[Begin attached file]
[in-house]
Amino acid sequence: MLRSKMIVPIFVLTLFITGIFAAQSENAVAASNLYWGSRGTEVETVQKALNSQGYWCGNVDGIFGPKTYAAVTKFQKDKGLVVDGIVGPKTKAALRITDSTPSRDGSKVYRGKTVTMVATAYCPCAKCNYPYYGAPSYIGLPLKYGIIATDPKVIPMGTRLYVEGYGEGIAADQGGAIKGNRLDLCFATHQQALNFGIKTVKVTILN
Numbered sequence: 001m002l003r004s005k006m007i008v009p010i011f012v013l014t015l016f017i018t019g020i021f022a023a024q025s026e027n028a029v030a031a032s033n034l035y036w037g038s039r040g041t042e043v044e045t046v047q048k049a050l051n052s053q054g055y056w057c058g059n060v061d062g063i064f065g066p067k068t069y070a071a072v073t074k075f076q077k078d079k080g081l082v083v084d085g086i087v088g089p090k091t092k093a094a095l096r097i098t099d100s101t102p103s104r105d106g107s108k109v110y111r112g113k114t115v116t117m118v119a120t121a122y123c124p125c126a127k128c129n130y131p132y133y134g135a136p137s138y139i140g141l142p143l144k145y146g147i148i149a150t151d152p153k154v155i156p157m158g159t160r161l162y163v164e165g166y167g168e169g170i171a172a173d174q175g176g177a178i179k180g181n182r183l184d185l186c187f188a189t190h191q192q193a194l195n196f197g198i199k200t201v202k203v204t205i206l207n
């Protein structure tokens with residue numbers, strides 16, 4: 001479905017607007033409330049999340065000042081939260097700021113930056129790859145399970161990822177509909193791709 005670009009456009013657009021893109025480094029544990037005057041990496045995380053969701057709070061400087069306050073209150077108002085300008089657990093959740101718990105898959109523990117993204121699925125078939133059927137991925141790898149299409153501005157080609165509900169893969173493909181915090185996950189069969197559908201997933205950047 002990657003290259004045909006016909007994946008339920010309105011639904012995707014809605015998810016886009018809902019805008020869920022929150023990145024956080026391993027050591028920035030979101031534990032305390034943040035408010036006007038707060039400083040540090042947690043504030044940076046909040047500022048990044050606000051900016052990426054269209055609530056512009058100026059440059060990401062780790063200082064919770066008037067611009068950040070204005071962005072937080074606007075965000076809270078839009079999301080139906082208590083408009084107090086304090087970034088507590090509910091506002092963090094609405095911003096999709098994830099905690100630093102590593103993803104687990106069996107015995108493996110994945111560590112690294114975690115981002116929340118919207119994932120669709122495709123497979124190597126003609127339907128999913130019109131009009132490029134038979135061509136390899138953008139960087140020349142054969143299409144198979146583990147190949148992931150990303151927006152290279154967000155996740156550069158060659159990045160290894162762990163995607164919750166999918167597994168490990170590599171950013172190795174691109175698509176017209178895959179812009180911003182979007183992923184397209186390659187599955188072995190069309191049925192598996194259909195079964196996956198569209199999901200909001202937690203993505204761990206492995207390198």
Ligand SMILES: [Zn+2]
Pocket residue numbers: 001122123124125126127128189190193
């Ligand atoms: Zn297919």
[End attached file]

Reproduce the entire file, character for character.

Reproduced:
[in-house]
Amino acid sequence: MLRSKMIVPIFVLTLFITGIFAAQSENAVAASNLYWGSRGTEVETVQKALNSQGYWCGNVDGIFGPKTYAAVTKFQKDKGLVVDGIVGPKTKAALRITDSTPSRDGSKVYRGKTVTMVATAYCPCAKCNYPYYGAPSYIGLPLKYGIIATDPKVIPMGTRLYVEGYGEGIAADQGGAIKGNRLDLCFATHQQALNFGIKTVKVTILN
Numbered sequence: 001m002l003r004s005k006m007i008v009p010i011f012v013l014t015l016f017i018t019g020i021f022a023a024q025s026e027n028a029v030a031a032s033n034l035y036w037g038s039r040g041t042e043v044e045t046v047q048k049a050l051n052s053q054g055y056w057c058g059n060v061d062g063i064f065g066p067k068t069y070a071a072v073t074k075f076q077k078d079k080g081l082v083v084d085g086i087v088g089p090k091t092k093a094a095l096r097i098t099d100s101t102p103s104r105d106g107s108k109v110y111r112g113k114t115v116t117m118v119a120t121a122y123c124p125c126a127k128c129n130y131p132y133y134g135a136p137s138y139i140g141l142p143l144k145y146g147i148i149a150t151d152p153k154v155i156p157m158g159t160r161l162y163v164e165g166y167g168e169g170i171a172a173d174q175g176g177a178i179k180g181n182r183l184d185l186c187f188a189t190h191q192q193a194l195n196f197g198i199k200t201v202k203v204t205i206l207n
């Protein structure tokens with residue numbers, strides 16, 4: 001479905017607007033409330049999340065000042081939260097700021113930056129790859145399970161990822177509909193791709 005670009009456009013657009021893109025480094029544990037005057041990496045995380053969701057709070061400087069306050073209150077108002085300008089657990093959740101718990105898959109523990117993204121699925125078939133059927137991925141790898149299409153501005157080609165509900169893969173493909181915090185996950189069969197559908201997933205950047 002990657003290259004045909006016909007994946008339920010309105011639904012995707014809605015998810016886009018809902019805008020869920022929150023990145024956080026391993027050591028920035030979101031534990032305390034943040035408010036006007038707060039400083040540090042947690043504030044940076046909040047500022048990044050606000051900016052990426054269209055609530056512009058100026059440059060990401062780790063200082064919770066008037067611009068950040070204005071962005072937080074606007075965000076809270078839009079999301080139906082208590083408009084107090086304090087970034088507590090509910091506002092963090094609405095911003096999709098994830099905690100630093102590593103993803104687990106069996107015995108493996110994945111560590112690294114975690115981002116929340118919207119994932120669709122495709123497979124190597126003609127339907128999913130019109131009009132490029134038979135061509136390899138953008139960087140020349142054969143299409144198979146583990147190949148992931150990303151927006152290279154967000155996740156550069158060659159990045160290894162762990163995607164919750166999918167597994168490990170590599171950013172190795174691109175698509176017209178895959179812009180911003182979007183992923184397209186390659187599955188072995190069309191049925192598996194259909195079964196996956198569209199999901200909001202937690203993505204761990206492995207390198």
Ligand SMILES: [Zn+2]
Pocket residue numbers: 001122123124125126127128189190193
């Ligand atoms: Zn297919």